The civil war
Slavery, which had up to now received little public attention, suddenly assumed enormous importance. In colonial times, coloured slaves had first been brought from Africa to work on the plantations of the south. As the demand for raw cotton increased in England, large numbers of slaves were required. By 1818, when Illinois became the 21st state, 10 permitted slavery and 11 forbade it.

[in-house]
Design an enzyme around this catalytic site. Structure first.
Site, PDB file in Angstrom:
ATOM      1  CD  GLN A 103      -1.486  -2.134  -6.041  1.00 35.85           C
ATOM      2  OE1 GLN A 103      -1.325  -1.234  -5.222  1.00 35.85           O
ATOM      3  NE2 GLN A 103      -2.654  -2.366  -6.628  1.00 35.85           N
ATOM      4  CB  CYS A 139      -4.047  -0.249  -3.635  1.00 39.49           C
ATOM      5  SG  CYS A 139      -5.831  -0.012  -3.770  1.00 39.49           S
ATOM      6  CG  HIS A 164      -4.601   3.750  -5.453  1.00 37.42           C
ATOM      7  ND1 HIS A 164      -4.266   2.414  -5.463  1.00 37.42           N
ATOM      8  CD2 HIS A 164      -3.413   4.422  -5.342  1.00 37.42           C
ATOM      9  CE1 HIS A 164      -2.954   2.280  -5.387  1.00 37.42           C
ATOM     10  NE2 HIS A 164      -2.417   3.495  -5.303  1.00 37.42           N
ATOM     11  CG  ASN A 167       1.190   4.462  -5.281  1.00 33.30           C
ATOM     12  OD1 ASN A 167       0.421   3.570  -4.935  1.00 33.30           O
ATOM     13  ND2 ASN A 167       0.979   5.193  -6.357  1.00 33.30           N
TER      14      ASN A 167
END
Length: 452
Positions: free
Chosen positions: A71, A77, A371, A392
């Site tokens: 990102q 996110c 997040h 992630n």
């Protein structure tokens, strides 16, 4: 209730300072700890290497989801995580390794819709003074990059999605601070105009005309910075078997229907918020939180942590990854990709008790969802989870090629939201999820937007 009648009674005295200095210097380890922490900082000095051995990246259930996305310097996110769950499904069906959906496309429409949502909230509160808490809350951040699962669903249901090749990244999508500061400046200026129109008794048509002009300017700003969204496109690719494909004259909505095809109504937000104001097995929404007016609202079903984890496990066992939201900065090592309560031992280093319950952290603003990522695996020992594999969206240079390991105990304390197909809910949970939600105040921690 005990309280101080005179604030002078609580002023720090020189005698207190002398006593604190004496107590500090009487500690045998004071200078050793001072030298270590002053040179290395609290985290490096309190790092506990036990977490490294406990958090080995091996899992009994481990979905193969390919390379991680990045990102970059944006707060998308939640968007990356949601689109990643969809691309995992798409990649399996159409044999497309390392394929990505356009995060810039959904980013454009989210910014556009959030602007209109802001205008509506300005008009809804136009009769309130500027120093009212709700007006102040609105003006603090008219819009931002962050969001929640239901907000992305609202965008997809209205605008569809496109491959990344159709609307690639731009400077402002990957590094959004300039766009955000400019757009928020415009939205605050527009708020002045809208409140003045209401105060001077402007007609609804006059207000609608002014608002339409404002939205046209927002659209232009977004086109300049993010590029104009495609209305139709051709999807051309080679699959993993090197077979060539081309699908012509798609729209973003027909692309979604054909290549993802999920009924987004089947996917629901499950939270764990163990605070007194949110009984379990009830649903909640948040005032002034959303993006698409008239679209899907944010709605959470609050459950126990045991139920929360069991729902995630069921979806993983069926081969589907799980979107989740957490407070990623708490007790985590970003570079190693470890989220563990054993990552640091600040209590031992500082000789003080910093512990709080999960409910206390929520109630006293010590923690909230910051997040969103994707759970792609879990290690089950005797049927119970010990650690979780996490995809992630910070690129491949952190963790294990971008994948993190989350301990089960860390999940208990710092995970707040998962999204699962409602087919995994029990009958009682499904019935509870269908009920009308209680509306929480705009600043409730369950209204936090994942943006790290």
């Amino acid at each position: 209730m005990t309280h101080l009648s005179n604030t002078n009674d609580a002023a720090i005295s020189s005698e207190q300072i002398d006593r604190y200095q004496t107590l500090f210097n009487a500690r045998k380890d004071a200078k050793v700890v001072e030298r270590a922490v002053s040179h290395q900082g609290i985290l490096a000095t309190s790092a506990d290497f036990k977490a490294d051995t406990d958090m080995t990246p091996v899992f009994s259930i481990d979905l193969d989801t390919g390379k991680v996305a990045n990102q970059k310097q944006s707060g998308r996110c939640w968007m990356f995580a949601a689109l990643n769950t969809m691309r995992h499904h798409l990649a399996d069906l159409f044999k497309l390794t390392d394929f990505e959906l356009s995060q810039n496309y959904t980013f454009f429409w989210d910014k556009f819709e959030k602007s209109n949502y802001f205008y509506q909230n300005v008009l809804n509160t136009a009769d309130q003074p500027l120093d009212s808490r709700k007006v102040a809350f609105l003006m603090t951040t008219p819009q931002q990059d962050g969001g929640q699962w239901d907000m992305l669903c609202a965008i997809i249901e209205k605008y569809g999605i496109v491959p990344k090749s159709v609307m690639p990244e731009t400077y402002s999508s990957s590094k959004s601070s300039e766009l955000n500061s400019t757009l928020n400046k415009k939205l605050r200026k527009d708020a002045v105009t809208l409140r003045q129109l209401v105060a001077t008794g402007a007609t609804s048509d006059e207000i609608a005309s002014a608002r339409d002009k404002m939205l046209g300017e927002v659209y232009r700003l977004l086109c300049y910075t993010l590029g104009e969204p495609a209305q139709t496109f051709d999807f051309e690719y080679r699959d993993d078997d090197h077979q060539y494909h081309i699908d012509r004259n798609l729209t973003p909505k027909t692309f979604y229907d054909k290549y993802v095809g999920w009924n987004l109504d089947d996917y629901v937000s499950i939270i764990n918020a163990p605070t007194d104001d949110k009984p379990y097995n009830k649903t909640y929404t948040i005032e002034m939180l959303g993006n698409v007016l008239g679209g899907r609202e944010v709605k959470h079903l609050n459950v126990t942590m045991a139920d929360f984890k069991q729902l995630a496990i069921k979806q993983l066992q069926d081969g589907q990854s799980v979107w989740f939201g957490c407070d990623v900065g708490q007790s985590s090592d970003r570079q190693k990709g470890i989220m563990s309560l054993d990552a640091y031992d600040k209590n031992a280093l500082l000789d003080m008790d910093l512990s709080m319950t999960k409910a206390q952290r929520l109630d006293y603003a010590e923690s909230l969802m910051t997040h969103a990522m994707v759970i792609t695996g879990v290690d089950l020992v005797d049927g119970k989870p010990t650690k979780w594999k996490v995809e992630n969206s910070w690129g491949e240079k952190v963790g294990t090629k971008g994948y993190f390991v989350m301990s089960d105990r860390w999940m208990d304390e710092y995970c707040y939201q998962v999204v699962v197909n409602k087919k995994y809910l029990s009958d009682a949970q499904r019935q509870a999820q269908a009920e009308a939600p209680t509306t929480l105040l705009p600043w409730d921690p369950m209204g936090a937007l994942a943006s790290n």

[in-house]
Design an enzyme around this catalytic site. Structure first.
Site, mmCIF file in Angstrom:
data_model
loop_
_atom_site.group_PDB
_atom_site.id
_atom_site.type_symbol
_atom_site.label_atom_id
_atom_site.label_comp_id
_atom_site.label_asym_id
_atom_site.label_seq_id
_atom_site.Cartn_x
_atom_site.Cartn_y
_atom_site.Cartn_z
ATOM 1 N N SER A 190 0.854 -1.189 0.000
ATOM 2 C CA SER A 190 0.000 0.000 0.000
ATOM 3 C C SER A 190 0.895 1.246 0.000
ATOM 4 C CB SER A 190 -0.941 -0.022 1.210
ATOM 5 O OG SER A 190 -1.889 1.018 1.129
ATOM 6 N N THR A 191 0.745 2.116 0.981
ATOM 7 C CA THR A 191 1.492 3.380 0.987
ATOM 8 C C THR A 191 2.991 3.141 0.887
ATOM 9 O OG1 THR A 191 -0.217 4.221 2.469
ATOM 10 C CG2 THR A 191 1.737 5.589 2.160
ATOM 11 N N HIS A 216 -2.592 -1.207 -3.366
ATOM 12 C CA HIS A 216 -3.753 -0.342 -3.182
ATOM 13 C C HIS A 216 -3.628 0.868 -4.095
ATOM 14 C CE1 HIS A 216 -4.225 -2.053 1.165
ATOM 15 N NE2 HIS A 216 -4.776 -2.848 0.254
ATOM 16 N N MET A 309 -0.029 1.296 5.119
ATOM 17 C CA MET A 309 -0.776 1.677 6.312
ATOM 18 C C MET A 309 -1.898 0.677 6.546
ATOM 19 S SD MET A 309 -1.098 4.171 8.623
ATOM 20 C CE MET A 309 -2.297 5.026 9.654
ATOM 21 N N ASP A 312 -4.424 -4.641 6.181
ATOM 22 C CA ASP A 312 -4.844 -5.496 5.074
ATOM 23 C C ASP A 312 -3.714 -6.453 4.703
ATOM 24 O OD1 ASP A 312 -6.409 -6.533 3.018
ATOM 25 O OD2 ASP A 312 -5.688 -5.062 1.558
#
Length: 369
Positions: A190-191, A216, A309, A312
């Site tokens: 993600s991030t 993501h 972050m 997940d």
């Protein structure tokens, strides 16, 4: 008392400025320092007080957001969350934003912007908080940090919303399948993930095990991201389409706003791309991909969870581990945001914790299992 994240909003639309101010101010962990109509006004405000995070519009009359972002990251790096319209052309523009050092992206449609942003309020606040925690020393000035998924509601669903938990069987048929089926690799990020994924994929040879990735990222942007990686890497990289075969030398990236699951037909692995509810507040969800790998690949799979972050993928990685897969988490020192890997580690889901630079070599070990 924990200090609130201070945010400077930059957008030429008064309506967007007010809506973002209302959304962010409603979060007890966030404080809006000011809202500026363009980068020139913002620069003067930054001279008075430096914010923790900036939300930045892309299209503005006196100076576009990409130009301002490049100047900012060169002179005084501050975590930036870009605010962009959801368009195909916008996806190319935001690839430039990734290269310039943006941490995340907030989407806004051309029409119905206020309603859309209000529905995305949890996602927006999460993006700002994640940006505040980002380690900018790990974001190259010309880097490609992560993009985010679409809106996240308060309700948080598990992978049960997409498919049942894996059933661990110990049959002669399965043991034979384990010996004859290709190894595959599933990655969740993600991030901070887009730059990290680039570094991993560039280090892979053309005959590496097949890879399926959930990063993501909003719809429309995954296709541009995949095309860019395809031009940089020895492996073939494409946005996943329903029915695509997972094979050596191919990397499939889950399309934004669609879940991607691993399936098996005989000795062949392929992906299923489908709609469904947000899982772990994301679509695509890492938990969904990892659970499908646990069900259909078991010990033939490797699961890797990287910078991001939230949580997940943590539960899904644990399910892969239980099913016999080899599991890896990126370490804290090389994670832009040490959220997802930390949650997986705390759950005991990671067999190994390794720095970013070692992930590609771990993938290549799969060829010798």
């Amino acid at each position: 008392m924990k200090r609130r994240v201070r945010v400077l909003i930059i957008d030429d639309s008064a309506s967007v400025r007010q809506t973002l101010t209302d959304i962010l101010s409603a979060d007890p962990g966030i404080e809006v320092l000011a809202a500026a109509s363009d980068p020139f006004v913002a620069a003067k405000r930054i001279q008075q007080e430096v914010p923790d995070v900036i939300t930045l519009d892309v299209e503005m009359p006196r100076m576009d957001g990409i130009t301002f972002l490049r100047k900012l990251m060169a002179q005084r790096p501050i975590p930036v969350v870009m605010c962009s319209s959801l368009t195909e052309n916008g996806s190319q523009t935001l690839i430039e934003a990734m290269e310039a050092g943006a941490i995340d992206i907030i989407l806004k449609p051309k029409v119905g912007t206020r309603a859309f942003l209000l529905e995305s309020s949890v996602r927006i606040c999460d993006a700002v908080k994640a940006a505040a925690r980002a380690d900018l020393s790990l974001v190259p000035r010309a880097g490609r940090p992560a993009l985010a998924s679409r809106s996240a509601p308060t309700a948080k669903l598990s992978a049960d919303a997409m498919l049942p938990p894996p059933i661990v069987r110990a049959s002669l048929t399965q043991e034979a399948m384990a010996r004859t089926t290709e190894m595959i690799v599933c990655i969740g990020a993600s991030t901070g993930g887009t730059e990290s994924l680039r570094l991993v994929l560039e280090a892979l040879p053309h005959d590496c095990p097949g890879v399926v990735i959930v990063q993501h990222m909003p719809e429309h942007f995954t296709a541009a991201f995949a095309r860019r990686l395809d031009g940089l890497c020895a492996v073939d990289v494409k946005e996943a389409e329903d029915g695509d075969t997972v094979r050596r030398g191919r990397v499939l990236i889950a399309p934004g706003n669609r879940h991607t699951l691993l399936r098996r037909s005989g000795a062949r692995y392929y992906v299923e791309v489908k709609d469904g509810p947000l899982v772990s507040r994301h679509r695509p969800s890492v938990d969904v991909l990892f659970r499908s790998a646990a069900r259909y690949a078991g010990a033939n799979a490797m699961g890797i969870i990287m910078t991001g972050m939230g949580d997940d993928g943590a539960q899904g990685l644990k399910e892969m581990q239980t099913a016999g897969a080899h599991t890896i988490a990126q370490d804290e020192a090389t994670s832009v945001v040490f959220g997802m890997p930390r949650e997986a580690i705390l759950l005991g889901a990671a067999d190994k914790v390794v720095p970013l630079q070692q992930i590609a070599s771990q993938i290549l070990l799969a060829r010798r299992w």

By the middle of the nineteenth century the U.S., owing to the differences between the economies of the North and the South, was a divided country. During this period the question of slavery was hotly discussed. At this time, Harriet Beecher Stowe described, in Uncle Tom’s Cabin, the conditions under which the slaves lived and worked. The book, which was soon translated into many languages, inspired widespread enthusiasm for the antislavery cause, among young and old. The matter came to a head in 1858, when Abraham Lincoln, Republican candidate for the Presidency of the U.S.A., made the emancipation of slaves his principal aim. Lincoln was elected President in 1860. Soon after his election the states of the south seceded from the Union and formed the Confederate States of America. On April 12, 1861, fighting broke out. The small Southern army fought bravely, but the war ended with the victory of the northern forces and the abolition of slavery.